there but for the grace of gods

The dead man chased answers to neurotically contrived questions
budding flowers blossomed, then withered in his wake
There were bugs writhing inside his skull
They ate pieces of his brain
He heard from inside out
Everything he remembered disappeared
Answers tricked him
riddles — forever

~bw 22

Day Nine asked for a nonet. 9 words per line, 8 words, 7 words  . . .


Your body was your temple of doom. Your body was your
crutch. Your body drove your death to the front of that
truck on Montana 200. I imagine you cackled as you
flew through the air finally cheating life of itself and

If the dead could talk would you whisper or scream?

Last night in a dream a song about angels fell from your
fingers and landed on Evel’s soft padded paw tap tap tapping
my face awake. Months have passed with no thought of your
life flashing before your eyes. Then a poem about bodies inspires
dreams of fingers and angels and somehow you are

~bw 22

Using Napo’s day one and day two prompts, I wrote this prose poem. From day two’s prompt, I used a word from Haggard Hawks’ Twitter feed for the title. Fleetings are animal tracks or footprints left in the snow. A bit of poetic license at play here. I thought about powdery snow and how quickly it blows away. And how my hand went to my cheek when the cat’s insistence woke me. And how the poetic process brought a friend long gone to a dream. Poof.

Unbidden Recollections

for Dave

Driving east on Montana 200,
Unbidden recollections spill over buttery fields.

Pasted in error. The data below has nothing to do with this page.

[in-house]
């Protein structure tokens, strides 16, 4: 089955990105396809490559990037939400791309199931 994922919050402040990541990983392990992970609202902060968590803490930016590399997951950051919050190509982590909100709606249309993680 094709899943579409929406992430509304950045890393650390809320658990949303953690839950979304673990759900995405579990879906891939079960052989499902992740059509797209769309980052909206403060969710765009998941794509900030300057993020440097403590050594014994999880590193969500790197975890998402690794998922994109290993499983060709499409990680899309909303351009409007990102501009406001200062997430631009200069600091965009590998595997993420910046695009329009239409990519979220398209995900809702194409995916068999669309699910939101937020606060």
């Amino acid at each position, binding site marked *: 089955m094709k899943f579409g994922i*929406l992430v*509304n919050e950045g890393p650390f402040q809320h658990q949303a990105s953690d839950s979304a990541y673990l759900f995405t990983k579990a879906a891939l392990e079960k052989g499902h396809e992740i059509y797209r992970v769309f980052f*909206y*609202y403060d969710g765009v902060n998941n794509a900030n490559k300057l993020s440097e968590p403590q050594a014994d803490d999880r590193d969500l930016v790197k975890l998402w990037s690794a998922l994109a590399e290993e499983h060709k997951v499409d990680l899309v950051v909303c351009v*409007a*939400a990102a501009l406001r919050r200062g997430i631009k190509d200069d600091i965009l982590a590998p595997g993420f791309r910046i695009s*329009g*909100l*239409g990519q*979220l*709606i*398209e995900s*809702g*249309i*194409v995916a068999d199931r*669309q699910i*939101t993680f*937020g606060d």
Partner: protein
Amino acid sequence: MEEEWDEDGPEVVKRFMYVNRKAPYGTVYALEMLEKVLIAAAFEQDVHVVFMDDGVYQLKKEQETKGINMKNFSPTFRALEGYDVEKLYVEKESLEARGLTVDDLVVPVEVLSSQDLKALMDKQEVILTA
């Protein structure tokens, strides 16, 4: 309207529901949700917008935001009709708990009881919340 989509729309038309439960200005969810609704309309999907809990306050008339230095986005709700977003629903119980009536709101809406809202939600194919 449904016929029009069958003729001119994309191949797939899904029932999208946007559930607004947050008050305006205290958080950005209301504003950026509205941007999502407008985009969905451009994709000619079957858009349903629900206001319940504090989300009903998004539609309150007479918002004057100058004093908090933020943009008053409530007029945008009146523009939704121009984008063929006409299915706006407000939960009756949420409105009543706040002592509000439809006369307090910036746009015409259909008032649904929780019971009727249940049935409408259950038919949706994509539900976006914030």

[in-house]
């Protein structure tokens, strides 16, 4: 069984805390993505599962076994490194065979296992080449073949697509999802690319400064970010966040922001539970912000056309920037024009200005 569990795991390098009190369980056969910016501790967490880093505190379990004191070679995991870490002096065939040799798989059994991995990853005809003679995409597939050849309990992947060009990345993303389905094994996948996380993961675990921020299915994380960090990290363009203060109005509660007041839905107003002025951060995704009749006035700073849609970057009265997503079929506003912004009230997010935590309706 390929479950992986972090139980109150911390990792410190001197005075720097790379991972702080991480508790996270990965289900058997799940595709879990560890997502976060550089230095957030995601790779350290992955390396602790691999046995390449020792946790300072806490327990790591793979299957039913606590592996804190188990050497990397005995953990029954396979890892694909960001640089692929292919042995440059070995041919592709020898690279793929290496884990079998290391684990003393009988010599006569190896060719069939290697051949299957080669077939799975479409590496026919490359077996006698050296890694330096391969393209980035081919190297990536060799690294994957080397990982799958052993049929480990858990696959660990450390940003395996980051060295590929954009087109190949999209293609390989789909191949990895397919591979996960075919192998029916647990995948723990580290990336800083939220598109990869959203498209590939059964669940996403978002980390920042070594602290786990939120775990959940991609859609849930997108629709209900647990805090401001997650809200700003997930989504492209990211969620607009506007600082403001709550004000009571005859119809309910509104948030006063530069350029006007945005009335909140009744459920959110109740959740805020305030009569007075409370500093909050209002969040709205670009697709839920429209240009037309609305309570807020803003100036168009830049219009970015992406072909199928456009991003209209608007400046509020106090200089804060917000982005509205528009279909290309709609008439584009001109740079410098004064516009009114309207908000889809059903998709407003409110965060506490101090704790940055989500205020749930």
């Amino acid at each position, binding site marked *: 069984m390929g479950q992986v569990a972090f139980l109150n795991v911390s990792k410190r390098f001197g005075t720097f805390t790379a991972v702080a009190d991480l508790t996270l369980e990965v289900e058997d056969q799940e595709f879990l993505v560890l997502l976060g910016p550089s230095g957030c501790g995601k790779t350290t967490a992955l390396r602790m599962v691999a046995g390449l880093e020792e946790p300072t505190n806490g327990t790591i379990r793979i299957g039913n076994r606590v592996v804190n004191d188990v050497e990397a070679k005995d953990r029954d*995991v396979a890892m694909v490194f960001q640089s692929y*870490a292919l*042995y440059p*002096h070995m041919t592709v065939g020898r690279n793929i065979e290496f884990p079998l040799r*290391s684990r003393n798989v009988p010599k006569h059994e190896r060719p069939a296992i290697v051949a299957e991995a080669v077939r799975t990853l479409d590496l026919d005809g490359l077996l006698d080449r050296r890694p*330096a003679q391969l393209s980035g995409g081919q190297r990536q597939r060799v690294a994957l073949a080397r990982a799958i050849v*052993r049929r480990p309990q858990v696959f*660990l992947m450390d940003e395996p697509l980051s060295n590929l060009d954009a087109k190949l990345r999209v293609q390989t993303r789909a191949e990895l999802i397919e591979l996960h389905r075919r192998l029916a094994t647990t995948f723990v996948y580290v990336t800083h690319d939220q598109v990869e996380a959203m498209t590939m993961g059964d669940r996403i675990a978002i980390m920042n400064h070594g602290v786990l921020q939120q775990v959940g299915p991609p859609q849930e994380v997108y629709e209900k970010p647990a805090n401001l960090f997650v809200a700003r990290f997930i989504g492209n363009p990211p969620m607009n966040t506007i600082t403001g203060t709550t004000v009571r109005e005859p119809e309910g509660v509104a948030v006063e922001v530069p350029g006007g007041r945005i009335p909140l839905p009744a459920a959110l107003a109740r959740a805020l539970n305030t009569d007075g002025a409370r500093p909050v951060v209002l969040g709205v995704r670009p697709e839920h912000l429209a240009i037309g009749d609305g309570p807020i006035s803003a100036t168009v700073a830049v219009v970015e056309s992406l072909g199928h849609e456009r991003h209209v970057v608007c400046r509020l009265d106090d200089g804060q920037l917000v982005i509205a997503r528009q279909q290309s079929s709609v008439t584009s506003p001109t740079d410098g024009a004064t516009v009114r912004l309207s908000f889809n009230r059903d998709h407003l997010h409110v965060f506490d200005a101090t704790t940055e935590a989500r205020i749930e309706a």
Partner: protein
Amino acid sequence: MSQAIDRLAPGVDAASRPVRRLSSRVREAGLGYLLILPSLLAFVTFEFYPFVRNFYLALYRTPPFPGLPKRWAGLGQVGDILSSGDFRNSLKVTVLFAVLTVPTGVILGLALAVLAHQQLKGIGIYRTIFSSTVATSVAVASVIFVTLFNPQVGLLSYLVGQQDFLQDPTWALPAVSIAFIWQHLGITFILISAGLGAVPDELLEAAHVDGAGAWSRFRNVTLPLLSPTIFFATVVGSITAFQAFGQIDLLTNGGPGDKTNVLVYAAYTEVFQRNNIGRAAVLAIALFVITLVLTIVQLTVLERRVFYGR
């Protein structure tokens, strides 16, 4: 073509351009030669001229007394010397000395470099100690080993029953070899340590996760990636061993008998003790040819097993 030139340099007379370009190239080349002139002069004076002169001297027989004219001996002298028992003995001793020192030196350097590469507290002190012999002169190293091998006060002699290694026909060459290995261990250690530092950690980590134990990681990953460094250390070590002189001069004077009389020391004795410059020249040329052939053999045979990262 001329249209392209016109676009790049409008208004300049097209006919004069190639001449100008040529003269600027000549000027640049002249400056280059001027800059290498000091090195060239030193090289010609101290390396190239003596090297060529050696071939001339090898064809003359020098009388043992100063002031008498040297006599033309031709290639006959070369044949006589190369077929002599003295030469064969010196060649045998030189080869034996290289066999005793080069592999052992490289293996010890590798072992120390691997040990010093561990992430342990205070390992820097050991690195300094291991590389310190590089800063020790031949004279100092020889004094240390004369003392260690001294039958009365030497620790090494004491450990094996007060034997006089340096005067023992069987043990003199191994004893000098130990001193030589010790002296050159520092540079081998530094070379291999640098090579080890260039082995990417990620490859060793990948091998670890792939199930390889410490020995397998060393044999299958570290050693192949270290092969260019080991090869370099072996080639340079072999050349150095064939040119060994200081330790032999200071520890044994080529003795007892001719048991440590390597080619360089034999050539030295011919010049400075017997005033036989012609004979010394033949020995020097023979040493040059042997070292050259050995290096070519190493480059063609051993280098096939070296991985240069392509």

Floating like ghosts between Square Butte and the Little Belts,
They swarm through the shadows of life’s early hillsides
Back there, where we worshipped no god but Now.

Passing Moccasin, your death
Breathes deep curves in the road.
falling into patches of darkness
As time sharpens the edges of forgetting
Who we were.

Brenda Warren 2013


Visit The Sunday Whirl

Visiting Heaven

When I arrive in Virginia, I sing
to the graves of my ancestors
resting in the grasses of Northside Park.
Over hedges, children race in gunnysacks
and sail in swings. The monkeys are gone,
but their castle remains. Its stone moat
protects us from the poo monkey ghosts fling,
screeching their protests sideways through time.

Later, when I stand on 8th Avenue
facing Grandma’s house,
my spirit jumps from my flesh
and spreads itself into the creaks and corners
of that old house whose arms
embrace the early days of me.
Steam pours heat into Virginia’s houses,
filling up wood pores in floors and walls
with its deep wet scent, wafting wisps of
ancient we.

Spirit filled with steam,
I turn toward Wake ‘em Up Bay.

Forsaken through years of dis-connect,
my aging body weeps as it enters the flow
of Lake Vermilion, rejoicing its reunion
with the waters of its womb. A desire to
float into eternity toys with my senses.

I picture heaven as a sauna in the sky
on the shores of an ethereal Vermilion
shimmering early days of me.

In heaven, Grandpa tosses cups
of the lake, dipped from a barrel,